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Using automation to drive down complexity and increase scalability of private networks

· 5 min read
Yan Grunenberger

Recently, as any other engineer on the planet, I asked ChatGPT what is needed to build a private 5G network. Here’s what it said.

Talking to AI
Talking to AI
ChatGPT’s AI-generated response is not far from our vision. At WG2, we’re offering a rebuilt, modern core network delivered as a hosted service. It drives the dual benefits of cost savings and revenue growth for our private network customers.

Case in point: Recently, we teamed up with Kyocera Mirai Envison to deliver private networks in Japan, and we’re now deploying our first solution in the agricultural sector.

In this post, we’ll explore how it would be possible to rationalize costs and reduce the time to onboard a new customer.

What you need

To build a private network yourself, you essentially need:

  • Cellular-related spectrum. You either need a faraday cage or live in a country that allows some cellular-allocated spectrum to be used (i.e. USA with CBRS, Japan with sXGP, Norway with a license, Germany/Spain with a license from the local regulator - the list is growing every day).
  • RAN equipment - this could be as small as a wifi-sized eNodeB from some vendors to actual macro-like equipment. This equipment will need to be installed. This is the only network hardware you will need, and eventually some compute capabilities if your connectivity needs it (like fast 5G speed are important).
  • IP addresses - bring your own RFC 1918 addresses, like ChatGPT is recommending.
  • SIM cards and some phones (that’s probably what ChatGPT refers to as networking equipment).
  • Network protocols: here, ChatGPT is modest, but you probably want to support protocols:
    • Some IPSec to connect and secure your RAN equipment back to the core network by protecting the network traffic
    • Some SCTP traffic to actually enable your RAN equipment to communicate with the core
    • Some GTP traffic to actually transport your Internet traffic from and to your RAN equipment.
  • Network hardware and software, and some configuration and administration: this is where WG2 is focusing these days to bring value. After testing out AWS’s fantastic, little on-premises hardware, the AWS Snowcone, we wanted to enable our customers to enjoy a nearly zero-touch network hardware and software experience.

By analyzing the requirements of a few variants of network RAN equipment, in our lab experience we came up with the following:

  • Each private network customer might bring their own IP / network CIDR requirement
  • Each network needs a public endpoint to connect back to our Core
  • Each network needs some security and configuration knob to be adjusted (i.e. Network identifier or PLMN, Tracking area covered, slice (in case of 5G).

Eventually, the customer can opt for a packet gateway in the cloud (ideal for voice services) or on premises (ideal for high speed 5G data)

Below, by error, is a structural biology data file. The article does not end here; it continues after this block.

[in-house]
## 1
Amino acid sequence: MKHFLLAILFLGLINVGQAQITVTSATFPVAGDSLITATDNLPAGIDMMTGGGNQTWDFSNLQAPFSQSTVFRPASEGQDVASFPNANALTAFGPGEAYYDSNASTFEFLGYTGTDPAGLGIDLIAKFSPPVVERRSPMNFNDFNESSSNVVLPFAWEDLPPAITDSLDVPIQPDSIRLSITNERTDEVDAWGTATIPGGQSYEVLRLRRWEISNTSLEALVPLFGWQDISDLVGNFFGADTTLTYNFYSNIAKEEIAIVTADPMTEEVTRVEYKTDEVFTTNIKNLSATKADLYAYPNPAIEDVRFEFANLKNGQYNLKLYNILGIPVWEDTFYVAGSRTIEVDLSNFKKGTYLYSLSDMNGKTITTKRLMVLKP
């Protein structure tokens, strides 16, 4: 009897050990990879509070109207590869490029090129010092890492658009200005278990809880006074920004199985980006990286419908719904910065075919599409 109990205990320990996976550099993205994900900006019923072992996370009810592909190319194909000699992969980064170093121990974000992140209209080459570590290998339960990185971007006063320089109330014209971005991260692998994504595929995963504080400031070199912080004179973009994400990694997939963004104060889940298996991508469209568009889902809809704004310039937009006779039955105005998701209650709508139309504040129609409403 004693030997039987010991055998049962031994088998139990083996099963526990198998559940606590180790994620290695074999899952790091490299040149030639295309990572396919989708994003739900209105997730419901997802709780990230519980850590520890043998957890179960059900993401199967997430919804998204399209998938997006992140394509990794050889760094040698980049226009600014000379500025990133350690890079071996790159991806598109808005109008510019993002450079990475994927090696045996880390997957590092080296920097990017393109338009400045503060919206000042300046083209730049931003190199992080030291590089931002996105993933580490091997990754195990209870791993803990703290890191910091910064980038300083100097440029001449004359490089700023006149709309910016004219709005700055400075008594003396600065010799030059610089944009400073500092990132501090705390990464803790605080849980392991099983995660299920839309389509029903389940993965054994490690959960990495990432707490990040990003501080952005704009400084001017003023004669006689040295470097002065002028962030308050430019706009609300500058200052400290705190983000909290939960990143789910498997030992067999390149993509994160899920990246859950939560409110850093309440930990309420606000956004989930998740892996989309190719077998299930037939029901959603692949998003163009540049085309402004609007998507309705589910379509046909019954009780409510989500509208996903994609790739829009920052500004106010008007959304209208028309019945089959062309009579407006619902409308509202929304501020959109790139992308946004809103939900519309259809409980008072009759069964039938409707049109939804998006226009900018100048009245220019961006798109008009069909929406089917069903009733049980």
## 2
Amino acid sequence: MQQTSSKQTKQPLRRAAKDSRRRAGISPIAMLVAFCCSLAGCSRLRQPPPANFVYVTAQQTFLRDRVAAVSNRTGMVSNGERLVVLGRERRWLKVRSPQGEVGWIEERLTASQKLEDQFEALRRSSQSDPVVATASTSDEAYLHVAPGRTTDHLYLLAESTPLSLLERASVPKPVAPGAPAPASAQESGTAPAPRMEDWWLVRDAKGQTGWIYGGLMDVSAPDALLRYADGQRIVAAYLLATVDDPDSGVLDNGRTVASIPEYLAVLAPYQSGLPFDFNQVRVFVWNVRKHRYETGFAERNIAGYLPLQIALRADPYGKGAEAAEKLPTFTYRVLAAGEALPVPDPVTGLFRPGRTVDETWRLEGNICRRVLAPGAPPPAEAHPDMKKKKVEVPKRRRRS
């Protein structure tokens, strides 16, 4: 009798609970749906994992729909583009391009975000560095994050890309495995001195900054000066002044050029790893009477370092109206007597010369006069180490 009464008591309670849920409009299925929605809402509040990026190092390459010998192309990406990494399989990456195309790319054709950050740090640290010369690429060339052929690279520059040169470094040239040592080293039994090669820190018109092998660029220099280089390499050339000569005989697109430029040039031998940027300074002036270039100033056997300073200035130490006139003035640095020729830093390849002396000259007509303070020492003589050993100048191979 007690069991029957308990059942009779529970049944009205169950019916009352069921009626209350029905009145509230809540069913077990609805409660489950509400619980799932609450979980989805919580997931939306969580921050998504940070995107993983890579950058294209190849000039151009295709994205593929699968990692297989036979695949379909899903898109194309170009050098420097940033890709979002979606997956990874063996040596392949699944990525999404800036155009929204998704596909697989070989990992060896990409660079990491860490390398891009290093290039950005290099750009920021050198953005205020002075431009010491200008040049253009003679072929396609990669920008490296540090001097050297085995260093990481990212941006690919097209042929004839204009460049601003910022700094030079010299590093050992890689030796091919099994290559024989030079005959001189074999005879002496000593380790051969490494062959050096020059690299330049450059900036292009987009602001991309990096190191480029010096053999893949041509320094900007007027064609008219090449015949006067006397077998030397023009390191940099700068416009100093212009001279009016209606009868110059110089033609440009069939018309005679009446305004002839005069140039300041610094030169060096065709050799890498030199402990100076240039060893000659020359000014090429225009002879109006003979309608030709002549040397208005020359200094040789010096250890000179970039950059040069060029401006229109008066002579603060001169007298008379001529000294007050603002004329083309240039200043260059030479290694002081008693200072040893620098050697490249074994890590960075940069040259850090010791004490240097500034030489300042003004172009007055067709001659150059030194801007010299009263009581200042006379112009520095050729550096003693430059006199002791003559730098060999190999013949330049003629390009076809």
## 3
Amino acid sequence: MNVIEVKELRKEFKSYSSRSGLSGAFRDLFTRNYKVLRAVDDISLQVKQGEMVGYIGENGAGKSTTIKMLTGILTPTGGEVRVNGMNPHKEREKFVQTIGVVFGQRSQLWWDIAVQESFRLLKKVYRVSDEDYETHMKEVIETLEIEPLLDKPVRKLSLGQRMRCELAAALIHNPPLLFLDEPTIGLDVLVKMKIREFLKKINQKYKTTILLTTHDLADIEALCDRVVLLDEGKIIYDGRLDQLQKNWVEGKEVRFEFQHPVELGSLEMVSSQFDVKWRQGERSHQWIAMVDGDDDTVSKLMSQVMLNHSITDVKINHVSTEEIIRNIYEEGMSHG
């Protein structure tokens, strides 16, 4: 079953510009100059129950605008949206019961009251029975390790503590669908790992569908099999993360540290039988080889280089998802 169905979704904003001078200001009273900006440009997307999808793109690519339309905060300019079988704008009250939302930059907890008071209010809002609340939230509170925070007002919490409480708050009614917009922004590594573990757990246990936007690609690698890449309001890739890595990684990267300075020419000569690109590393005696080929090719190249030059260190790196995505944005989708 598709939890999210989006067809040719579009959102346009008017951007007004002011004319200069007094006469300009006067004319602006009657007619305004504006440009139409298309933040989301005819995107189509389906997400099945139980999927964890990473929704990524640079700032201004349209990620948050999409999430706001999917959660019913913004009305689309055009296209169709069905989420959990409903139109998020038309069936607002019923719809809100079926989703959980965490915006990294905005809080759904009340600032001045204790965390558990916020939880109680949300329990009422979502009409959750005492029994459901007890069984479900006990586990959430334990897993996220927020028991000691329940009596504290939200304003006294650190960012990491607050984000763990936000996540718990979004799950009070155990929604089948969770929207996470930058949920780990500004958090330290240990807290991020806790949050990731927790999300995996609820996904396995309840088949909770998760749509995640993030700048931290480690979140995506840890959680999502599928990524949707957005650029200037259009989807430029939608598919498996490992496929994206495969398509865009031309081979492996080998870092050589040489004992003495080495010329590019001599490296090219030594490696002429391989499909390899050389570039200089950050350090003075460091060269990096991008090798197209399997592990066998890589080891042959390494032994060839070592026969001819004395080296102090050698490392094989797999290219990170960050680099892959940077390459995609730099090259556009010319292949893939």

In order to rationalize costs and reduce the time to onboard each customer, we decided to work on automating those minimal deployments, using automation on our clusters running in AWS. This way, our customers will be able to discover our technology at a lower cost and eventually, all by themselves.

The approach

The actual approach is the following:

  • A manifest for a private network is created - it contains mostly the parameters needed for the network to operate. We focus mostly on the one that the customer will be requesting - i.e. network details (CIDR), network PLMN, tac, etc. These manifests can be created via various means, but a web page and a form can be used.
  • The automation generates the following elements from the manifest:
  • A public endpoint (set of IP addresses) that the customer need to input as IPSec configuration
  • A set of certificates to authenticate the IPSec link with our core
  • A internal, customer specific, MME/AMF IP configuration (set of IP addresses)
  • A set of VPN credentials and commands to onboard an edge based virtual machine or bare metal equipment.

At the end of the automation, within seconds, we obtain those elements and we make them available to the customer.

As a result:

  • A set of configuration parameters automatically generated such as Certificate Authority, public and private key, as well as IP addresses parameters to enter in their equipment. We aim to automate this via protocols like TR.069 in the long run, but we found it convenient to enable a common set of technology (like IPSec + certificate) as a solid base to start with. Once introduced into RAN equipment, they are automatically connected on their private network overlay and can access our MME/AMF SCTP endpoint and start to attach their phones, and eventually pass their phone calls, once, of course, they have declared the SIM card of their phones/tablets in our system.
  • Eventually, if they deploy an edge system and execute a simple set of commands, we can onboard their edge computer - such as AWS Snowcone! If they deploy a local version of our packet gateway, voila, their traffic will be automatically offloaded at the edge using the IP range they have provided us. It should be that easy.
  • In the end, if they want to close the network, no problem. We’ll remove the manifests from our system and the resources will get cleaned from our internal and AWS systems.

How realistic is this?
We are not too far from this - this is the expected and targeted user experience. We plan to work on the user journey to facilitate the onboarding of different kinds of users, but the underlying technology that enables them to connect should be the same and is mostly working for some simple network use cases. We are currently looking at customer feedback and trials in their labs to constantly improve our automation and further reduce the cost of deploying and operating private networks.